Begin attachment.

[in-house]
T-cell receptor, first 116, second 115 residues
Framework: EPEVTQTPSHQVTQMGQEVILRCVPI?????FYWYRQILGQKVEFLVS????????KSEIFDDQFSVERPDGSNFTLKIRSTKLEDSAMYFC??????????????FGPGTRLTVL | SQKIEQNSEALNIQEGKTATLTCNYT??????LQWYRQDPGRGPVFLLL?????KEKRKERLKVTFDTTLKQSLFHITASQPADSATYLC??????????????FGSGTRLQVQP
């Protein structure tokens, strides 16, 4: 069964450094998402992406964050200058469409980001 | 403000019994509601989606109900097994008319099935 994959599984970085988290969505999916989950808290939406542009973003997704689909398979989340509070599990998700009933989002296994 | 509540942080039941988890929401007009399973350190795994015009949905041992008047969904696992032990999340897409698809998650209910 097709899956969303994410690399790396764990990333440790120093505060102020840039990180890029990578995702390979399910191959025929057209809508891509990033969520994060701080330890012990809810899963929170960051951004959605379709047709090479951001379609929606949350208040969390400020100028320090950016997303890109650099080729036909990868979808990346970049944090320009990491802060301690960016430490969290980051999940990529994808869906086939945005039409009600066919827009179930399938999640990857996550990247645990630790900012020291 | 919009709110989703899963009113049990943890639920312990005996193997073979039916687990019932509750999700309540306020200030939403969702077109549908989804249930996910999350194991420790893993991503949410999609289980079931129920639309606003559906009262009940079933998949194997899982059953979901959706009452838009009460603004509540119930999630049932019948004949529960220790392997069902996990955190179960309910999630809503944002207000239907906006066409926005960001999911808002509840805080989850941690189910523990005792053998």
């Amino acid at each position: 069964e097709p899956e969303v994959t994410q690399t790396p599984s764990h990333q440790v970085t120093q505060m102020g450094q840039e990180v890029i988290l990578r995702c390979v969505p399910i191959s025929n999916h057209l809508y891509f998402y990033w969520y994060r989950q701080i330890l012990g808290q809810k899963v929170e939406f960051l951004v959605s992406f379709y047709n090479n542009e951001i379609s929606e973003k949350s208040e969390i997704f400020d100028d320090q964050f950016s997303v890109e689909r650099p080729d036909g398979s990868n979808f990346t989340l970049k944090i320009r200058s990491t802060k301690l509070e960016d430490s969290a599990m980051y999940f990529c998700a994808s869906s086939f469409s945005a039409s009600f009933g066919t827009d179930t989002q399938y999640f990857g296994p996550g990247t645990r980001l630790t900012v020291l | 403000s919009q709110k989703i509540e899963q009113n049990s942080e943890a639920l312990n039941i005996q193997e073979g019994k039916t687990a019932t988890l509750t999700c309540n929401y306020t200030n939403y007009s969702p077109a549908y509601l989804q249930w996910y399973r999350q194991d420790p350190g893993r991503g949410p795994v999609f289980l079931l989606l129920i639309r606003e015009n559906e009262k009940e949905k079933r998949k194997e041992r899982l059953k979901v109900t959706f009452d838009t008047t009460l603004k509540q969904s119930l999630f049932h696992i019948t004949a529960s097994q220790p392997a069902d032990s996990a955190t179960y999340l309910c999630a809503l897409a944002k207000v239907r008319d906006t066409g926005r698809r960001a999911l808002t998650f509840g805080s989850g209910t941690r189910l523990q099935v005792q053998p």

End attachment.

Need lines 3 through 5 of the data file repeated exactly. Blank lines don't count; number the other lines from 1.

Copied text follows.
Framework: EPEVTQTPSHQVTQMGQEVILRCVPI?????FYWYRQILGQKVEFLVS????????KSEIFDDQFSVERPDGSNFTLKIRSTKLEDSAMYFC??????????????FGPGTRLTVL | SQKIEQNSEALNIQEGKTATLTCNYT??????LQWYRQDPGRGPVFLLL?????KEKRKERLKVTFDTTLKQSLFHITASQPADSATYLC??????????????FGSGTRLQVQP
């Protein structure tokens, strides 16, 4: 069964450094998402992406964050200058469409980001 | 403000019994509601989606109900097994008319099935 994959599984970085988290969505999916989950808290939406542009973003997704689909398979989340509070599990998700009933989002296994 | 509540942080039941988890929401007009399973350190795994015009949905041992008047969904696992032990999340897409698809998650209910 097709899956969303994410690399790396764990990333440790120093505060102020840039990180890029990578995702390979399910191959025929057209809508891509990033969520994060701080330890012990809810899963929170960051951004959605379709047709090479951001379609929606949350208040969390400020100028320090950016997303890109650099080729036909990868979808990346970049944090320009990491802060301690960016430490969290980051999940990529994808869906086939945005039409009600066919827009179930399938999640990857996550990247645990630790900012020291 | 919009709110989703899963009113049990943890639920312990005996193997073979039916687990019932509750999700309540306020200030939403969702077109549908989804249930996910999350194991420790893993991503949410999609289980079931129920639309606003559906009262009940079933998949194997899982059953979901959706009452838009009460603004509540119930999630049932019948004949529960220790392997069902996990955190179960309910999630809503944002207000239907906006066409926005960001999911808002509840805080989850941690189910523990005792053998």
């Amino acid at each position: 069964e097709p899956e969303v994959t994410q690399t790396p599984s764990h990333q440790v970085t120093q505060m102020g450094q840039e990180v890029i988290l990578r995702c390979v969505p399910i191959s025929n999916h057209l809508y891509f998402y990033w969520y994060r989950q701080i330890l012990g808290q809810k899963v929170e939406f960051l951004v959605s992406f379709y047709n090479n542009e951001i379609s929606e973003k949350s208040e969390i997704f400020d100028d320090q964050f950016s997303v890109e689909r650099p080729d036909g398979s990868n979808f990346t989340l970049k944090i320009r200058s990491t802060k301690l509070e960016d430490s969290a599990m980051y999940f990529c998700a994808s869906s086939f469409s945005a039409s009600f009933g066919t827009d179930t989002q399938y999640f990857g296994p996550g990247t645990r980001l630790t900012v020291l | 403000s919009q709110k989703i509540e899963q009113n049990s942080e943890a639920l312990n039941i005996q193997e073979g019994k039916t687990a019932t988890l509750t999700c309540n929401y306020t200030n939403y007009s969702p077109a549908y509601l989804q249930w996910y399973r999350q194991d420790p350190g893993r991503g949410p795994v999609f289980l079931l989606l129920i639309r606003e015009n559906e009262k009940e949905k079933r998949k194997e041992r899982l059953k979901v109900t959706f009452d838009t008047t009460l603004k509540q969904s119930l999630f049932h696992i019948t004949a529960s097994q220790p392997a069902d032990s996990a955190t179960y999340l309910c999630a809503l897409a944002k207000v239907r008319d906006t066409g926005r698809r960001a999911l808002t998650f509840g805080s989850g209910t941690r189910l523990q099935v005792q053998p």